Canadian Islamic Congress – Based in Kitchener, Ontario, the CIC is Canada’s largest national non-profit and wholly independent Islamic organization. It also has one of the most up-to-date websites with an excellent collection of recent news stories, as well as responses and opinions based on current issues related to or affecting Muslims. The CIC recognizes professional and volunteer community contributions by Muslims through awards, offers scholarships and provides information on voting and governmental issues.
Islamic Institute of Toronto – This is a non-profit, federally registered, educational institute, but it is much more than a school. In addition to strengthening access to Islamic education, the Institute promotes scholarly research and facilitates communication and interaction between other religious organizations and community groups. It is the Institute’s mission to “nurture and establish Islam as a living reality in the lives of Muslims and to enhance the Islamic identity in the society at large.” The Institute has a campus with an ever-growing library in Scarborough.
Canadian Council on American-Islamic Relations – CAIR-CAN is Canada’s version of the Washington, D.C. based Council on American-Islamic Relations (CAIR). It is a non-profit organization that is active in media relations, anti-discrimination and political advocacy. CAIR-CAN aims to educate non-Muslims through an active media presence, human rights work, independent publications like brochures and handbooks, seminars and workshops, action alerts and inter-community relations. CAIR-CAN gets people talking and hopes to create an understanding of Islam and empower Canadian Muslims.
Muslim Canadian Congress – The MCC’s website states that the organization “provides a voice to Muslims who are not represented by existing organizations.” The MCC explores and promotes Islam by bringing speakers to Toronto, holding poetry, performance and short film events and holding prayer meetings. Members follow the Canadian Charter of Rights and Freedoms and Canadian constitution as their guiding principles. Members of the MCC are active in the media as well, often writing or being quoted in opinion and news articles for Toronto newspapers.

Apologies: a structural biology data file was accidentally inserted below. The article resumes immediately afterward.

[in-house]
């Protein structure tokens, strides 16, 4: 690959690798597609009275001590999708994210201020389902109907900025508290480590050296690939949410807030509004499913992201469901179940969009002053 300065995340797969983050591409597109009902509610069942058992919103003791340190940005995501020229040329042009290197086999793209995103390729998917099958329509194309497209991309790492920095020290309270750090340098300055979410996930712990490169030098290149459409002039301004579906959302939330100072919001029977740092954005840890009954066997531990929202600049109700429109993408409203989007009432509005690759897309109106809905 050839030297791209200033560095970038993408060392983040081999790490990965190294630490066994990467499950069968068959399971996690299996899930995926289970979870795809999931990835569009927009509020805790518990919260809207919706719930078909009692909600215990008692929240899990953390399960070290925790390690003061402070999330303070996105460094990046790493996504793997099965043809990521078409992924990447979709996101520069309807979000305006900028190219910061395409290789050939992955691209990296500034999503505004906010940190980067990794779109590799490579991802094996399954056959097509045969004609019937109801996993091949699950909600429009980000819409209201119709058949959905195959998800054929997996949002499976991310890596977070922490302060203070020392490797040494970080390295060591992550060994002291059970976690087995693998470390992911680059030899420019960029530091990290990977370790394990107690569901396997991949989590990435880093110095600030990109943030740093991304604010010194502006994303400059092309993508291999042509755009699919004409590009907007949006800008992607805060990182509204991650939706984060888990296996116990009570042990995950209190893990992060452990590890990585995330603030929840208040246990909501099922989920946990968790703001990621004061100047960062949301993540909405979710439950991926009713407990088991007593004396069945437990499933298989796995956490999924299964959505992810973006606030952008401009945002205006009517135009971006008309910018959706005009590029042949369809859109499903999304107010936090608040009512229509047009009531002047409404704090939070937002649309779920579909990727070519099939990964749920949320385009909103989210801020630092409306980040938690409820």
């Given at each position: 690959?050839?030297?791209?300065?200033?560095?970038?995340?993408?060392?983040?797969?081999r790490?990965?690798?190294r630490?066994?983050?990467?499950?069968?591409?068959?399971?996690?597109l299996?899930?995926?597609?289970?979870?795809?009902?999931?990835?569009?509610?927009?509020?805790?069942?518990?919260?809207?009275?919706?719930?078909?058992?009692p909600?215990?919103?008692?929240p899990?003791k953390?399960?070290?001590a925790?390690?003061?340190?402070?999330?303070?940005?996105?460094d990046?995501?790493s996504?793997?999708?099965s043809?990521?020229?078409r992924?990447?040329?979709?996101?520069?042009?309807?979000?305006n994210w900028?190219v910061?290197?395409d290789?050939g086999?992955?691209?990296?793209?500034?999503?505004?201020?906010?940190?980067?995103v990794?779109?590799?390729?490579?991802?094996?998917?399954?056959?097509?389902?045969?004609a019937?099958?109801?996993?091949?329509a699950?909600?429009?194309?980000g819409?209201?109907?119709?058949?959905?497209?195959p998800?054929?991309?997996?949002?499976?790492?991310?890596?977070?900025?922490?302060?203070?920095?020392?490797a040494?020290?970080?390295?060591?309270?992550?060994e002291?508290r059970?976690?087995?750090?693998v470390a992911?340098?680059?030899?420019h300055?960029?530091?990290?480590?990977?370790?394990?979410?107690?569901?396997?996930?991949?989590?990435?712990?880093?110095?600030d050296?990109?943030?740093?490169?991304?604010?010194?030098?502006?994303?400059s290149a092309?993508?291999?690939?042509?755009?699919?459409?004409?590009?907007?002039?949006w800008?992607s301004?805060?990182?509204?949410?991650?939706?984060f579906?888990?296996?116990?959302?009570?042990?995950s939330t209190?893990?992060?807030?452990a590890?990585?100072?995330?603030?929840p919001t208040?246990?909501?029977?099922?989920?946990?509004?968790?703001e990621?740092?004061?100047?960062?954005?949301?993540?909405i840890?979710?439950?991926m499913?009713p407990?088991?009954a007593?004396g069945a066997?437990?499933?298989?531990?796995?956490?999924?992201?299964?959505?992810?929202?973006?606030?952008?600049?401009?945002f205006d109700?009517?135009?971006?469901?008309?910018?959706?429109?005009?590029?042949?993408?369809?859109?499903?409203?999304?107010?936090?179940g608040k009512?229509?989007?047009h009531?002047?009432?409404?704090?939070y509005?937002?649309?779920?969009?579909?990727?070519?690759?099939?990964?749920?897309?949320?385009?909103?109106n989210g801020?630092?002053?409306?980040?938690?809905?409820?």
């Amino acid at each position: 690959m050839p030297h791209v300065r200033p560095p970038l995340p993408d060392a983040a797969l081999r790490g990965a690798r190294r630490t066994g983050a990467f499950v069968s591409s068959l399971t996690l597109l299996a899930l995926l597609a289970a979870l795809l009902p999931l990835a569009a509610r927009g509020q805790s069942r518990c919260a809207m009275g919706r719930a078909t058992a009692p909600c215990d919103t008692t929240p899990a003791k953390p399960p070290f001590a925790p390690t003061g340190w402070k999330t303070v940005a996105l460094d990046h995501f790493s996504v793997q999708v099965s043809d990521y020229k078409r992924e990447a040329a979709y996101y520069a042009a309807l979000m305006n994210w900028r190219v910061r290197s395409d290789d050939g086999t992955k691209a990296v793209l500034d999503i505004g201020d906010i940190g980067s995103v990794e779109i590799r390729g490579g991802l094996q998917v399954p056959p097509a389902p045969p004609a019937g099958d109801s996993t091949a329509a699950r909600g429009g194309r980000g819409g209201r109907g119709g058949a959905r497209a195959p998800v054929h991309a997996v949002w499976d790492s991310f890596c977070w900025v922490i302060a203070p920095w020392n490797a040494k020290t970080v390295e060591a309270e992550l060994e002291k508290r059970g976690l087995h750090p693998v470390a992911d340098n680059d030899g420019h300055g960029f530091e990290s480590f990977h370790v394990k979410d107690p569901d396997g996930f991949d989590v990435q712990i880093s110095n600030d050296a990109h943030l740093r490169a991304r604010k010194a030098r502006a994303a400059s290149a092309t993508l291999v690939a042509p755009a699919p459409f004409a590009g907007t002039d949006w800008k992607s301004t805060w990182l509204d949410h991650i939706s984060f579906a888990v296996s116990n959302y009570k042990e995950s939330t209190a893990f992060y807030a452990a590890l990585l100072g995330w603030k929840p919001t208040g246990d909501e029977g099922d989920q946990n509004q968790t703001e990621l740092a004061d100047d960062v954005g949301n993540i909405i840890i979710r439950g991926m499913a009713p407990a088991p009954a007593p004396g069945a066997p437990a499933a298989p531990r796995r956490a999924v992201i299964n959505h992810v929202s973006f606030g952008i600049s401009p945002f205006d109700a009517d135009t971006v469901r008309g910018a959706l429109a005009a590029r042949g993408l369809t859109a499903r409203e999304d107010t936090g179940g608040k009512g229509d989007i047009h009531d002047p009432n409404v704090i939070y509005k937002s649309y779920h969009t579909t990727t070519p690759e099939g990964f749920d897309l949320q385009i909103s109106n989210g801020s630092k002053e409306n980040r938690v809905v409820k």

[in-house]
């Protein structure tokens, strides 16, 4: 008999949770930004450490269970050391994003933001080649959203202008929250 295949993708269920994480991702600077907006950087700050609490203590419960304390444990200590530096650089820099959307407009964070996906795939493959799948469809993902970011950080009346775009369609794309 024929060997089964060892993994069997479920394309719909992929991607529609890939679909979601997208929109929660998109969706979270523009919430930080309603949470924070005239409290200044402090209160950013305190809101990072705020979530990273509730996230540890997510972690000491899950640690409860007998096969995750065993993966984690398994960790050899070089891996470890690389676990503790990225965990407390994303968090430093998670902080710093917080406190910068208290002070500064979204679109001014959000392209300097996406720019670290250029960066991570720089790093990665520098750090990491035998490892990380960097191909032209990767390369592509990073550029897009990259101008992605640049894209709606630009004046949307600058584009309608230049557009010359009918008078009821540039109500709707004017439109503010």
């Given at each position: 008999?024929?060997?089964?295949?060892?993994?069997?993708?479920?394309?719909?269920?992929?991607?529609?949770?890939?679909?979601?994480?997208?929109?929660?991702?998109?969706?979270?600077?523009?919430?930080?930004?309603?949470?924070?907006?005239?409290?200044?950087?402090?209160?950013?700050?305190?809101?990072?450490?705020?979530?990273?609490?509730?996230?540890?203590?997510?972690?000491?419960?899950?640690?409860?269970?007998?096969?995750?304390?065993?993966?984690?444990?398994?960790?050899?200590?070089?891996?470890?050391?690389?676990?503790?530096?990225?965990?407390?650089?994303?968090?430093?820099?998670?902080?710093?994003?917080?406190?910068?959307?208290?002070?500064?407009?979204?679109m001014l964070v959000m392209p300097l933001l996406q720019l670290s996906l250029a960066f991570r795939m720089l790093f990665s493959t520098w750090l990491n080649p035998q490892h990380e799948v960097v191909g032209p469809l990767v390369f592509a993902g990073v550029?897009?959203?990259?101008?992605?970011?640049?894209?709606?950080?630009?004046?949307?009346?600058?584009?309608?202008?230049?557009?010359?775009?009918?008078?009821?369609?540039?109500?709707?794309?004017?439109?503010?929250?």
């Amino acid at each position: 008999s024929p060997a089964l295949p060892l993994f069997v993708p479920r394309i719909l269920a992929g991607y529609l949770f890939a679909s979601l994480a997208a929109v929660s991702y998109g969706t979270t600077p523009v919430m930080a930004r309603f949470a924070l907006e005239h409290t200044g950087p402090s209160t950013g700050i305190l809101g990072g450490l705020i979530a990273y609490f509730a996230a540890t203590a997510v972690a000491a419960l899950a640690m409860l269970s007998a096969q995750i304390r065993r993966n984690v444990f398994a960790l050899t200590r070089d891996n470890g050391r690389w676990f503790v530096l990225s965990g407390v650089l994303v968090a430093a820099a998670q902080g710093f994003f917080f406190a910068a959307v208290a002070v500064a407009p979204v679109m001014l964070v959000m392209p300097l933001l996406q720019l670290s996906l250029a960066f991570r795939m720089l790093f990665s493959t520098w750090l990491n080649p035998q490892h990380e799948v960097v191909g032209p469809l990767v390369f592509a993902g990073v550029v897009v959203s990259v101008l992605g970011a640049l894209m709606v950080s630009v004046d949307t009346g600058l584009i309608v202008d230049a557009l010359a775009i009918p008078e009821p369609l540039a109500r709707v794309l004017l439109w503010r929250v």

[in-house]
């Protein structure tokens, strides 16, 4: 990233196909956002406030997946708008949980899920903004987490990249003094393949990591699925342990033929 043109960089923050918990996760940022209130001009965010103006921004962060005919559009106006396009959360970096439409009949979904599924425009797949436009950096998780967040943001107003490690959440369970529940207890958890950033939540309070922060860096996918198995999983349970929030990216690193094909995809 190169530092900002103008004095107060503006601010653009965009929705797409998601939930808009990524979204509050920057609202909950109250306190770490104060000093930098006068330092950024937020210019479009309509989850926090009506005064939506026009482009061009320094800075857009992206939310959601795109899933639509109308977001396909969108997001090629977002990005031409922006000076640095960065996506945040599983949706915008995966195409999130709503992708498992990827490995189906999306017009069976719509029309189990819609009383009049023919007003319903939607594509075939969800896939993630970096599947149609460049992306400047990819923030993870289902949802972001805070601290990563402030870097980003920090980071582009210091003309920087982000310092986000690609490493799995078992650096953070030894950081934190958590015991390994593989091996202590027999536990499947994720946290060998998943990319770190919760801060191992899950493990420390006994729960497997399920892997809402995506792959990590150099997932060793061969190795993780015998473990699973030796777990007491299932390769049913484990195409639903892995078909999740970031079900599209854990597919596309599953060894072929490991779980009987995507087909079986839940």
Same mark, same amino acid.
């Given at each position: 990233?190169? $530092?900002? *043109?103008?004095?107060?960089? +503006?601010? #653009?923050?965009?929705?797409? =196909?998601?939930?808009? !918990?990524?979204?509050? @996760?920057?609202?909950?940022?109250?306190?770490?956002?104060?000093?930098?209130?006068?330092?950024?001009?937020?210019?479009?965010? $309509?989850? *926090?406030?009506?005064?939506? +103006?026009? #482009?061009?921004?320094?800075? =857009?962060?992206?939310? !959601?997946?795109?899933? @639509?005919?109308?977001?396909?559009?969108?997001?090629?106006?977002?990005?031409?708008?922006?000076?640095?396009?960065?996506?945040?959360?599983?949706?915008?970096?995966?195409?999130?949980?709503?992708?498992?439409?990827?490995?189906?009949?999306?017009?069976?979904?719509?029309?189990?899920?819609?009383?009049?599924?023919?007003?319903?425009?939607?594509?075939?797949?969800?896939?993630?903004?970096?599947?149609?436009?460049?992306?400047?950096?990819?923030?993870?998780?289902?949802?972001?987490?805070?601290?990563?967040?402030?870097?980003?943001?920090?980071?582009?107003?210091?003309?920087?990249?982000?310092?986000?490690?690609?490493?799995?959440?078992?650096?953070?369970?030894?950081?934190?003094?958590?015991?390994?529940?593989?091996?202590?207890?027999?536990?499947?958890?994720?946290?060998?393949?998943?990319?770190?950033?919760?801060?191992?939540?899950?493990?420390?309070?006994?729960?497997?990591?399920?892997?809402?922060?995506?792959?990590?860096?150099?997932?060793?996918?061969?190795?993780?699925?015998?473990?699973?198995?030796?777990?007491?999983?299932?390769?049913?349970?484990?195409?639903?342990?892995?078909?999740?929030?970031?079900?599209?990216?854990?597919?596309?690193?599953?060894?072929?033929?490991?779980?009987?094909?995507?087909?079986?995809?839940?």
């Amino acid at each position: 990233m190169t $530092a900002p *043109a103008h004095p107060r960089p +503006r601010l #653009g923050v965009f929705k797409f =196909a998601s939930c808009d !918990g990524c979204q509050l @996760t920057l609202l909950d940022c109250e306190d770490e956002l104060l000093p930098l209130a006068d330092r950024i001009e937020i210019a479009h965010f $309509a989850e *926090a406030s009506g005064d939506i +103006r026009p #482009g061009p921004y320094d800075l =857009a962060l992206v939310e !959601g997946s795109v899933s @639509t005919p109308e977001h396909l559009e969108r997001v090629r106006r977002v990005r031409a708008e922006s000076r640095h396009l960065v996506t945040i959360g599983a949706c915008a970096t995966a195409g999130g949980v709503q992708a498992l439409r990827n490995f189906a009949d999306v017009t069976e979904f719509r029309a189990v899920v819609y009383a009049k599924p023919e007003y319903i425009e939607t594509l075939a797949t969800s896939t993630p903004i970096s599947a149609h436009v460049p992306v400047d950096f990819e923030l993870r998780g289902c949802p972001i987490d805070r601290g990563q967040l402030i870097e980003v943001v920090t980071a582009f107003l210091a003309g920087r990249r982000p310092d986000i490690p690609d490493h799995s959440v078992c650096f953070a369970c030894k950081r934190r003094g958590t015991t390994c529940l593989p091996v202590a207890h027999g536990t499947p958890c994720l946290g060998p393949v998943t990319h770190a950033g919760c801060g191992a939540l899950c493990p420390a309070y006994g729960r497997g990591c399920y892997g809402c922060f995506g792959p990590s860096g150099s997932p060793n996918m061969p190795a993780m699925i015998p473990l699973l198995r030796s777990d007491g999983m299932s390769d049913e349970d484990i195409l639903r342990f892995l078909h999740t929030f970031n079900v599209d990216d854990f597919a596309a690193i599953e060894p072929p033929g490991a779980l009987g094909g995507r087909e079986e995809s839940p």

Islamic Foundation of Toronto – According to its website, the IFT “is one of the oldest Muslim organizations in Canada. It was established in 1969, when an old 3,000 square foot building was purchased at Rhodes Avenue and converted into a mosque.”
The IFT provides religious, educational and social services for residents in the Greater Toronto Area. It is also home to an elementary school. www.islamicfoundation.ca
Islamic Society of North America Canada – ISNA Canada promotes a positive presence of Muslims in Canada. It is a union of Muslims and Islamic organizations and serves as a platform for all Muslims and their communities. ISNA works through its members to create strong Muslim communities. It also works at a national level to represent the Islamic point of view to government, media and other religious organizations.
Canadian Council of Imams – This organization brings together Imams (Ministers of Religion) in Canada. Together, these leaders settle community-level disputes between individuals related to marriage, divorce and inheritance, for example, but also work on a larger scale. The Council has advised the Metro Toronto Council and the Metro Toronto Police on Islamic matters. It has also been involved in establishing proper procedures for entering mosques in case of fire or emergency and communicated with numerous government bodies about issues affecting the community.